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Web Storage: the lesser evil for session tokens

I was recently asked whether it was safe to store session tokens using Web Storage (sessionStorage/localStorage) instead of cookies. Upon googling this I found the top results nearly all assert that web storage is highly insecure relative to cookies, and therefore not suitable for session tokens. For the sake of transparency, I’ve decided to publicly document the rationale that lead me to the opposite conclusion.

The core argument used against Web Storage says because Web Storage doesn’t support cookie-specific features like the Secure flag and the HttpOnly flag, it’s easier for attackers to steal it. The path attribute is also cited. I’ll take a look at each of these features and try to examine the history of why they were implemented, what purpose they serve and whether they really make cookies the best choice for session tokens.

The Secure Flag

The secure flag is quite important for cookies, and outright irrelevant for web storage. Web Storage adheres to the Same Origin Policy , which isolates data based on an origin consisting of a protocol and a domain name. Cookies need the secure flag because they don’t properly adhere to the Same Origin Policy – cookies set on https ://example.com will be transmitted to and accessible via http ://example.com by default. Conversely, a value stored in localStorage on https ://example.com will be completely inaccessible to http ://example.com because the protocols are different.

In other words, cookies are insecure by default, and the secure flag is simply a bodge to make them as resilient to MITM attacks as Web Storage. Web Storage used over HTTPS effectively has the secure flag by default. Further information on related nuances in the Same Origin Policy can be found in  The Tangled Web by Michal Zalewski.

The Path Attribute

The path attribute is  widely known to be pretty much useless for security. It’s another example of where cookies are out of sync with the Same Origin Policy – paths are not considered part of an origin so there’s no security boundary between them. The only way to isolate two applications from each other at the application layer is to place them on separate origins.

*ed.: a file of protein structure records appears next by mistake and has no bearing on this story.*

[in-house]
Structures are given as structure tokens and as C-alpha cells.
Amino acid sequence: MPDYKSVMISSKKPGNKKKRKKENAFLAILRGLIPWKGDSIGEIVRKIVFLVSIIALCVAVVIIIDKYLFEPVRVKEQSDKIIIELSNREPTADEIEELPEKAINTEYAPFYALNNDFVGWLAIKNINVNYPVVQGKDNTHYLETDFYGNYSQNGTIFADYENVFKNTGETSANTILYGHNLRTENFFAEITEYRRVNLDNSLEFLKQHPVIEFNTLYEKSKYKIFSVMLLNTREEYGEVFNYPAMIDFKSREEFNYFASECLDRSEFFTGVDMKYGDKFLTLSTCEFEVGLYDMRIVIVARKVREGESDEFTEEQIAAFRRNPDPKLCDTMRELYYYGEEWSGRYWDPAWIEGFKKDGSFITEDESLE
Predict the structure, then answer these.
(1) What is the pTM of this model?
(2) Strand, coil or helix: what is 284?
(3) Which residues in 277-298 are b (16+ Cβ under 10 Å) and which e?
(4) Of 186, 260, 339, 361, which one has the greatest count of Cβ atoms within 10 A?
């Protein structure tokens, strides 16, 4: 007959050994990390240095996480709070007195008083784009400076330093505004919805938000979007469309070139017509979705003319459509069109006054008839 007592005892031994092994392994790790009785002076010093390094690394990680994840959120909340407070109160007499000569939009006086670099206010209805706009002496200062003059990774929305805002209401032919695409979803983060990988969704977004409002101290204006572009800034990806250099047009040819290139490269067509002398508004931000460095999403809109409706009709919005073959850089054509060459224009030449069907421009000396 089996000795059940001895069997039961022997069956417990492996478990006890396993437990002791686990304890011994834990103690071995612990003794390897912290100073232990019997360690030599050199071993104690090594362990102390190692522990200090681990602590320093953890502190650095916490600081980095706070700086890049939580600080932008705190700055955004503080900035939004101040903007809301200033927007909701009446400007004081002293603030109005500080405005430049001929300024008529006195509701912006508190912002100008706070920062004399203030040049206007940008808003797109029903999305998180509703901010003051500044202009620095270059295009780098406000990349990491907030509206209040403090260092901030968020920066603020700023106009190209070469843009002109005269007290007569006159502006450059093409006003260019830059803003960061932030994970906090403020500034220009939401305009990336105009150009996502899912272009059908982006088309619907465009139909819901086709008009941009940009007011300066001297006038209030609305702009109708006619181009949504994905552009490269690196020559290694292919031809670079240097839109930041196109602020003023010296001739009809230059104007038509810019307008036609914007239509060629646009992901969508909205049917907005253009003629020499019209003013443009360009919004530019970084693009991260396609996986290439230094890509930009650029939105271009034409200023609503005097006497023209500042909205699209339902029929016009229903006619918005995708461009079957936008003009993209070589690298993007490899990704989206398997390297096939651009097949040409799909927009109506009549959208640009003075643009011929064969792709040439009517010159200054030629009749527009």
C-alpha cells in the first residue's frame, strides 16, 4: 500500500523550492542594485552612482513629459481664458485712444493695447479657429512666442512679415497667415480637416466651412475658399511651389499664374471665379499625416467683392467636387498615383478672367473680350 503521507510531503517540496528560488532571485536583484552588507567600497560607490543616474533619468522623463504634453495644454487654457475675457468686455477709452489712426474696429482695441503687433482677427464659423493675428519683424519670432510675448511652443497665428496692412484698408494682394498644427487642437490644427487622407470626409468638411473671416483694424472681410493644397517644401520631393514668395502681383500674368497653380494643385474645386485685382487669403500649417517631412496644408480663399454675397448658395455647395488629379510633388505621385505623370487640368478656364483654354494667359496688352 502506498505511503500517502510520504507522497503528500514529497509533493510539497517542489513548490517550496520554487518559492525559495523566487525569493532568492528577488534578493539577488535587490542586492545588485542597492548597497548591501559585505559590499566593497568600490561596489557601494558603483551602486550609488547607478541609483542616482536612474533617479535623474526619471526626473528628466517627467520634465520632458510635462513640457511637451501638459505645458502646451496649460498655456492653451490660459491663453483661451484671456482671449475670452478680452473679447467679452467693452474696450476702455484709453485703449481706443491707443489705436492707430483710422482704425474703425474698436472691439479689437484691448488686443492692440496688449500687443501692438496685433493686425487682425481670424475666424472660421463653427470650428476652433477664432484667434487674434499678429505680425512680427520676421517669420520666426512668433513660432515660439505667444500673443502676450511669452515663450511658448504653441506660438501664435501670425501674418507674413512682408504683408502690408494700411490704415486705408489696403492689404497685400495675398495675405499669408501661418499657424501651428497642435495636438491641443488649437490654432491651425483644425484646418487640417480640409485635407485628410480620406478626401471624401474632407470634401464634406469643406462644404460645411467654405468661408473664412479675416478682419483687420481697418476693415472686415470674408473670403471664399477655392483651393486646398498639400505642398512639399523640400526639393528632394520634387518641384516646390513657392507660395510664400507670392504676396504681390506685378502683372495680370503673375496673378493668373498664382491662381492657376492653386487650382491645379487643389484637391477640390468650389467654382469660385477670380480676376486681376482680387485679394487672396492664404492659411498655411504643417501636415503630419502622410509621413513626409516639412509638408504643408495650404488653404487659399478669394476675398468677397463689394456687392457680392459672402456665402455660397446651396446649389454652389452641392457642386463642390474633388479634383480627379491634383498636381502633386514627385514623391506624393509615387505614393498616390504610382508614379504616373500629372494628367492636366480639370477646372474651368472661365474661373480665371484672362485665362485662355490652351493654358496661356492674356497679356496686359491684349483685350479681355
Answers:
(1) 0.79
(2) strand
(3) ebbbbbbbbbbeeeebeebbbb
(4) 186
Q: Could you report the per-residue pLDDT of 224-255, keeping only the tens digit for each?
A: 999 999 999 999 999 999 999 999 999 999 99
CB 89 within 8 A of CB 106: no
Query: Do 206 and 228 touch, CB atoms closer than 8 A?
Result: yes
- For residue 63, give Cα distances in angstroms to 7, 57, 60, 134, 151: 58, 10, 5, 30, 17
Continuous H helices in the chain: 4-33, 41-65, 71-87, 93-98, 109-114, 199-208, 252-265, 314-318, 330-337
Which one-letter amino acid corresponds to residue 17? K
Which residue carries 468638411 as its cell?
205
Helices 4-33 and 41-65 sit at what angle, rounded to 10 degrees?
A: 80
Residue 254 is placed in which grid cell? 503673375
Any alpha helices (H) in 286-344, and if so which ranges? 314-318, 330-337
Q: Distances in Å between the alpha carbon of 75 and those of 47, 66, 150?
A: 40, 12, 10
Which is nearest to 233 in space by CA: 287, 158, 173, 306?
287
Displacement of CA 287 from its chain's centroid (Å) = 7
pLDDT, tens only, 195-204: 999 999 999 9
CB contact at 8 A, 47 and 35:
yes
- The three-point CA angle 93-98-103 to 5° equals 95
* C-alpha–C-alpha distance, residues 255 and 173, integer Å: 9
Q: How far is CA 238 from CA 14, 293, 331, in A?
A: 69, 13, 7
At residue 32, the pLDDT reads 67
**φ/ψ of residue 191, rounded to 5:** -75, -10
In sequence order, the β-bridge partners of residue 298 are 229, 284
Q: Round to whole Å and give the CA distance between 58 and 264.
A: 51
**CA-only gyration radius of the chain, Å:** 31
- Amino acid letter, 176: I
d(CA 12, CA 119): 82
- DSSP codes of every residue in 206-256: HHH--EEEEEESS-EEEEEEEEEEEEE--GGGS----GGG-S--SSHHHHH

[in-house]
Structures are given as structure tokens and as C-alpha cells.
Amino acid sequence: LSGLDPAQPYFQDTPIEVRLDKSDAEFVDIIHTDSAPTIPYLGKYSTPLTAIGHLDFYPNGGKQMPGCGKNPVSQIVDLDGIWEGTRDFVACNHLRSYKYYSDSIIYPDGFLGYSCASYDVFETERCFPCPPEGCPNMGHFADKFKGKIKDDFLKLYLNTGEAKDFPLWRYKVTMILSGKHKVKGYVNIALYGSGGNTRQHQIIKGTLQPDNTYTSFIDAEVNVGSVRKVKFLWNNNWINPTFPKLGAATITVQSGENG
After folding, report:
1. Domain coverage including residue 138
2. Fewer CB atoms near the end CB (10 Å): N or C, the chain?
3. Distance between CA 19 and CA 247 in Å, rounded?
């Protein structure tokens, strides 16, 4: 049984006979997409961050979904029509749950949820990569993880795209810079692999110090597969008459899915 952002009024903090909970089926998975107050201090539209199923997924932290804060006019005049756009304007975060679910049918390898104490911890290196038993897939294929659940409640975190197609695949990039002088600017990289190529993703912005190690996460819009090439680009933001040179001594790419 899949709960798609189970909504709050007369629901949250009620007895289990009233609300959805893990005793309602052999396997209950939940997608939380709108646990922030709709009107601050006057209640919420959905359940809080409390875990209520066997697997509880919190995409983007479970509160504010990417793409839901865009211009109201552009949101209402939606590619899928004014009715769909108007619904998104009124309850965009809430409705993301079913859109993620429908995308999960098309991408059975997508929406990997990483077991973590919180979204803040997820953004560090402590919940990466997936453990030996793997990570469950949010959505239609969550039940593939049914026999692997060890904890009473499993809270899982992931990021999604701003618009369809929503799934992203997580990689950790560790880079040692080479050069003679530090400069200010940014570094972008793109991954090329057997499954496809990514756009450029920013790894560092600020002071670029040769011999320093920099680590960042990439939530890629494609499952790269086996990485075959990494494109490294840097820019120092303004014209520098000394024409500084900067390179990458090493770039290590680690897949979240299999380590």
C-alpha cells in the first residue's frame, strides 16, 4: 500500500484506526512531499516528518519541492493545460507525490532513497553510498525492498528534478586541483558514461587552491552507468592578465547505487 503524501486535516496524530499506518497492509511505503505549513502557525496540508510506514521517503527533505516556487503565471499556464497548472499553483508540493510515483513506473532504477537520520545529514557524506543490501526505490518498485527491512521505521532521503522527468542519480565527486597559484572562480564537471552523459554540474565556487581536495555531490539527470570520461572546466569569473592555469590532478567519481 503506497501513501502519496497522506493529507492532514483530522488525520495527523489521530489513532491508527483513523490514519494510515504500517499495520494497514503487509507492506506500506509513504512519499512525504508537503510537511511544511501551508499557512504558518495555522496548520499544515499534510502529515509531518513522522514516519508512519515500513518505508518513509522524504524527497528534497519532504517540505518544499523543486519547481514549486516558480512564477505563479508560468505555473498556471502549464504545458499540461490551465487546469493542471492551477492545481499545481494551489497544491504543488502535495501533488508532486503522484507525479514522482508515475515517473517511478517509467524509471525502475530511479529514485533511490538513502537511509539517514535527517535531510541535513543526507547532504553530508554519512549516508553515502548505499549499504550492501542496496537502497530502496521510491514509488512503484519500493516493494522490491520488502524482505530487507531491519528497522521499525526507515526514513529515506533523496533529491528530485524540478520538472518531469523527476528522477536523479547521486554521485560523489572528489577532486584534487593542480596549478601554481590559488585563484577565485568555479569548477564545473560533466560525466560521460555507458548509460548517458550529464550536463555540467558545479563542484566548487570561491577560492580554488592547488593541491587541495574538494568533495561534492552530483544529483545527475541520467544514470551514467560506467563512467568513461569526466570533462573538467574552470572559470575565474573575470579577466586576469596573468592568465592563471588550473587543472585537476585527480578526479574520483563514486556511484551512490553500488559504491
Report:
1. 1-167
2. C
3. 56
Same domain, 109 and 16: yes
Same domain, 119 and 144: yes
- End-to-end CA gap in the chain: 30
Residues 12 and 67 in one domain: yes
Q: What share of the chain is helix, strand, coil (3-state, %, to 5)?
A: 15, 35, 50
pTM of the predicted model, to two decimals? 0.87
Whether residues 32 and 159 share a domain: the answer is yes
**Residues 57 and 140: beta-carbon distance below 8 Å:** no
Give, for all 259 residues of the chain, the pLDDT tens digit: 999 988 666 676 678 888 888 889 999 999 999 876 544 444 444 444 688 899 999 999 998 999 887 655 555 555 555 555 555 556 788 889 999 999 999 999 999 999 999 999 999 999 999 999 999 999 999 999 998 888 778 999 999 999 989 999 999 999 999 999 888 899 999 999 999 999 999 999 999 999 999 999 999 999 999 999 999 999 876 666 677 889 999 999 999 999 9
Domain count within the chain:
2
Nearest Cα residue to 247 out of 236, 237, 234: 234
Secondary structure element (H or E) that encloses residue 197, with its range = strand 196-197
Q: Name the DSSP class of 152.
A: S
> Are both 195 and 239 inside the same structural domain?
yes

The HttpOnly Flag

The HttpOnly flag is an almost useless XSS mitigation. It was invented back in 2002 to prevent XSS being used to steal session tokens. At the time, stealing cookies may have been the most popular attack vector – it was four years later that CSRF was described as the sleeping giant .

Today, I think any competent attacker will exploit XSS using a custom CSRF payload or drop a BeEF hook . Session token stealing attacks introduce a time-delay and environment shift that makes them impractical and error prone in comparison – see  Why HttpOnly Won’t Protect You for more background on why. This means that if an attacker is proficient, HttpOnly won’t even slow them down. It’s like a WAF that’s so ineffective attackers don’t even notice it exists.

The only instance I’ve seen where HttpOnly was a significant security boundary is on bugzilla.mozilla.org. Untrusted HTML attachments are served from a subdomain which has access to the parent domain’s session cookies thanks to cookies’ not-quite-same-origin-policy. Ultimately as with the secure flag, the HttpOnly flag is only really required to make cookies as secure as web storage.

Differences that Matter

One major difference between the two options is that unlike cookies, web browsers don’t automatically attach the contents of web storage to HTTP requests – you need to write JavaScript to attach the session token to a HTTP header. This actually conveys a huge security benefit, because it means the session tokens don’t act as an ambient authority. This makes entire classes of exploits irrelevant. Browsers’ behaviour of automatically attaching cookies to cross-domain requests is what enables attacks like CSRF and  cross-origin timing attacks . There’s a specification for yet another another cookie attribute to fix this very problem in development at the moment but for now to get this property, your best bet is Web Storage.

Meanwhile, the unhealthy state of the cookie protocol leads to crazy situations where the cookie header can  contain a blend of trusted and untrusted data . This is something the ill-conceived double-submit CSRF defence  fell foul of .

Unlike cookies, web storage doesn’t support automatic expiry. The security impact of this is minimal as expiry of session tokens should be done server-side, but it is something to watch out for. Another distinction is that sessionStorage will expire when you close the tab rather than when you close the browser, which may be awesome or inconvenient depending on your use case.

Conclusion

At first glance it looks like cookies have more security features, but they’re ultimately patches over a poor core design. For an in depth assessment of cookies, check out  HTTP cookies, or how not to design protocols . Web Storage offers an alternative that, if not secure by default, is less insecure by default.

@albinowax

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